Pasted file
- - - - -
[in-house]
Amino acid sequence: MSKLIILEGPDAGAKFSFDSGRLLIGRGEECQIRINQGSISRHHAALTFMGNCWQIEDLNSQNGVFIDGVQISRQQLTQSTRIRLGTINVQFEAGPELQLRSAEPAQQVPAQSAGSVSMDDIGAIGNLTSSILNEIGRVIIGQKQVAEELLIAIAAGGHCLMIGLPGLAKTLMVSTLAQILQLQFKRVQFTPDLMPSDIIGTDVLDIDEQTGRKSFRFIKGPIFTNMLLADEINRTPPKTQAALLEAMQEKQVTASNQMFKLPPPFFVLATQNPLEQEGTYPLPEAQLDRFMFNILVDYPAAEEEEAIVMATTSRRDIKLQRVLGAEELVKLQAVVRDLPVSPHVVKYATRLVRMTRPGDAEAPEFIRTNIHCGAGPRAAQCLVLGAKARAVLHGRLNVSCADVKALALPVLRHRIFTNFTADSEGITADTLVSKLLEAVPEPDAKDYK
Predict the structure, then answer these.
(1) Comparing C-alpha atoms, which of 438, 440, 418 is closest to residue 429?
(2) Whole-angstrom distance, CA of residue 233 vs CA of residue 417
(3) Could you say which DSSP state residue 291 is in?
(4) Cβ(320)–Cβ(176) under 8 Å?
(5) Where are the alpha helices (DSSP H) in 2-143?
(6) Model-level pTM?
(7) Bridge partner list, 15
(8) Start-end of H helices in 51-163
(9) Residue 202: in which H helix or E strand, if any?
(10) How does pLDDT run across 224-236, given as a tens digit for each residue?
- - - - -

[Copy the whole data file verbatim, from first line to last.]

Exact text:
[in-house]
Amino acid sequence: MSKLIILEGPDAGAKFSFDSGRLLIGRGEECQIRINQGSISRHHAALTFMGNCWQIEDLNSQNGVFIDGVQISRQQLTQSTRIRLGTINVQFEAGPELQLRSAEPAQQVPAQSAGSVSMDDIGAIGNLTSSILNEIGRVIIGQKQVAEELLIAIAAGGHCLMIGLPGLAKTLMVSTLAQILQLQFKRVQFTPDLMPSDIIGTDVLDIDEQTGRKSFRFIKGPIFTNMLLADEINRTPPKTQAALLEAMQEKQVTASNQMFKLPPPFFVLATQNPLEQEGTYPLPEAQLDRFMFNILVDYPAAEEEEAIVMATTSRRDIKLQRVLGAEELVKLQAVVRDLPVSPHVVKYATRLVRMTRPGDAEAPEFIRTNIHCGAGPRAAQCLVLGAKARAVLHGRLNVSCADVKALALPVLRHRIFTNFTADSEGITADTLVSKLLEAVPEPDAKDYK
Predict the structure, then answer these.
(1) Comparing C-alpha atoms, which of 438, 440, 418 is closest to residue 429?
(2) Whole-angstrom distance, CA of residue 233 vs CA of residue 417
(3) Could you say which DSSP state residue 291 is in?
(4) Cβ(320)–Cβ(176) under 8 Å?
(5) Where are the alpha helices (DSSP H) in 2-143?
(6) Model-level pTM?
(7) Bridge partner list, 15
(8) Start-end of H helices in 51-163
(9) Residue 202: in which H helix or E strand, if any?
(10) How does pLDDT run across 224-236, given as a tens digit for each residue?